Gwynedd – supporting digital skills in a rural area

Published by Kate Gallant on

I recently visited the One Digital project Digital Gwynedd run by Citizens Online which is active across Gwynedd in north-west Wales.  The network has been delivering support over the last seven years.  It involves a very wide range of partners – including the local Council, libraries service, Job Centre, social housing providers, BT and a mix of third sector organisations including many who are involved in providing employment support and services for older residents.

Having lived and worked in rural areas over the last fifteen years, I have a good understanding of what the barriers to inclusion and participation are – particularly slower connectivity, lower skills levels and a decline in rural bus services.  Gwynedd has reasonable levels of employment but incomes are considerably lower than Welsh averages.  As with many rural areas the level of deprivation linked to accessing services is high for a large majority of the area. As a result being able to access services online has become even more critical for local people.

The project has been involved in training staff who provide local services to become Digital Champions, it also employs two professional Champions – Medwyn and Rachel – who deliver digital skills support across the County.

Digital skills drop-in sessions are offered in rural areas using local village halls and other community venues, sessions are also available in local libraries.  Medwyn told me how the project is better able to attract people if a local person supports and publicises the opportunity.  Most halls have Wi-Fi available but if the hall is not regularly open this can limit access for those on lower income who may be struggling with the costs of connectivity.  Funding has recently been secured by the Council to provide service kiosks in 12 rural areas which will support access to local services.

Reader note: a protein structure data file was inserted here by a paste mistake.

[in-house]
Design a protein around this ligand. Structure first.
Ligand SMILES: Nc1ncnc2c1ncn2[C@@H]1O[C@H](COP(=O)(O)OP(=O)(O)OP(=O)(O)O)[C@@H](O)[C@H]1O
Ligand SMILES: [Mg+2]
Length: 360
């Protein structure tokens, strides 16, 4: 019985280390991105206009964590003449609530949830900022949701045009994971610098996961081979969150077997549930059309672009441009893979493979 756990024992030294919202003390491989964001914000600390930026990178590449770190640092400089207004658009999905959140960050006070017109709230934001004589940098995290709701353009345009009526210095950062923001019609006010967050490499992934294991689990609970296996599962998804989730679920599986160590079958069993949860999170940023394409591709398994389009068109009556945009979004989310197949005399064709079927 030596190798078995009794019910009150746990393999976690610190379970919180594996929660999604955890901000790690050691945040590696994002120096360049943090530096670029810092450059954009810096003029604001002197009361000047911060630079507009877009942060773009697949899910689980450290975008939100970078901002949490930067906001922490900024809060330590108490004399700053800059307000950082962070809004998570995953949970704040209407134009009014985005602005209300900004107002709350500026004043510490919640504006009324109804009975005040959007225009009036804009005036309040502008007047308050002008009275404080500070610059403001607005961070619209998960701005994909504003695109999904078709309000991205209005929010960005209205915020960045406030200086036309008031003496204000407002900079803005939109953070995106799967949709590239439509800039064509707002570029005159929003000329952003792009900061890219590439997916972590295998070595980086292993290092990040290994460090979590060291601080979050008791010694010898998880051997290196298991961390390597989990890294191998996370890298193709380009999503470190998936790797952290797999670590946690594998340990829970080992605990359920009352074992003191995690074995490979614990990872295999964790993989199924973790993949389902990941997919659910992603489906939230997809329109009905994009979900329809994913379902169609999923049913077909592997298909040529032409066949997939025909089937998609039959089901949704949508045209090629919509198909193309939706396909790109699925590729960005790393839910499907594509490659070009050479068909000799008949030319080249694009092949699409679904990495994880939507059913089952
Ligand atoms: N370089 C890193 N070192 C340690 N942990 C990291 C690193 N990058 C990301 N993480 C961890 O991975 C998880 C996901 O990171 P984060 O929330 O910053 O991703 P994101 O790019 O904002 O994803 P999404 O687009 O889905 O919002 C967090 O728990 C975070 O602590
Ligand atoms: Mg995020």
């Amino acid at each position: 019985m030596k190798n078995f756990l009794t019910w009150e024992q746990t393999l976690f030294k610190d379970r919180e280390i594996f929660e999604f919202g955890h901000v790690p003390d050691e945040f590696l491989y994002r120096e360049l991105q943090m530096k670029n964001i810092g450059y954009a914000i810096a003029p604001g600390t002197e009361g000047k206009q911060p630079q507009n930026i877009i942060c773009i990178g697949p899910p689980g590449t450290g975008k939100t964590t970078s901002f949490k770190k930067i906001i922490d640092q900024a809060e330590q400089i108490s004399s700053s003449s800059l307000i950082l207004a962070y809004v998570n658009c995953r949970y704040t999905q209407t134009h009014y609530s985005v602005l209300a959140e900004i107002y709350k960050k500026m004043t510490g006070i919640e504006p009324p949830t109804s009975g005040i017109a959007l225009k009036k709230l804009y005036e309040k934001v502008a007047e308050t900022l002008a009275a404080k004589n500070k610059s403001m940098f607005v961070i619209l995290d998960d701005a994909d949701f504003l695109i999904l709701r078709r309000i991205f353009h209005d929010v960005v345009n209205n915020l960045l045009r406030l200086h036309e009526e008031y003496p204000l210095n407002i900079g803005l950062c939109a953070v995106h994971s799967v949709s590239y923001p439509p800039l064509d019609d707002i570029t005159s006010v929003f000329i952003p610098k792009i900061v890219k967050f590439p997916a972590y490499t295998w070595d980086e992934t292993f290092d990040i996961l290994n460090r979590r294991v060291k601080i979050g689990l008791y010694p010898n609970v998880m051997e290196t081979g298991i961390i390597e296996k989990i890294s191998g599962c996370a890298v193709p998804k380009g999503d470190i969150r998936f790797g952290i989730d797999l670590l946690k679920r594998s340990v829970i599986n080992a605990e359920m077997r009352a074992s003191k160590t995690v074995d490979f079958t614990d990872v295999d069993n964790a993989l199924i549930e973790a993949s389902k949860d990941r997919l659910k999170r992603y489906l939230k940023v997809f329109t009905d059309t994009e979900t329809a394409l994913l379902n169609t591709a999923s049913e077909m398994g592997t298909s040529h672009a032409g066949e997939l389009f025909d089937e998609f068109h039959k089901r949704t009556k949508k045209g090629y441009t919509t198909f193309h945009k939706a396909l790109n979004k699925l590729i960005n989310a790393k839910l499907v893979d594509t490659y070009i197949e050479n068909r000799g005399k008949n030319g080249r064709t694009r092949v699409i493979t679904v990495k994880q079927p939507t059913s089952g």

Local people are coming forward for support for many reasons – wanting to book GP appointments online, access online food shopping or online banking – especially with reductions in local face to face banking services.

To be successful, and deliver support to larger groups of people, often the Champions go through a two stage process of collecting interest and then forming people into groups based on their locations.  This is more sustainable and makes the best use of available resources.  Over the summer the team have been out visiting local community events – interest from these areas will then allow a programme of skills support to be planned during the autumn.  Local community groups for instance, lunch clubs for older people also provide an opportunity to offer a series of skills support sessions.

This heatmap shows where the project has provided support and demonstrates how the project is reaching out into rural areas (as well as targeting activity in areas of greater population density).

It was great to see the depth of understanding and knowledge there is within the project, of the needs within individual villages and local communities. This flexible approach, providing targeted digital skills support, reduces the impact of rural barriers which otherwise can lead to low confidence and lack of motivation among learners.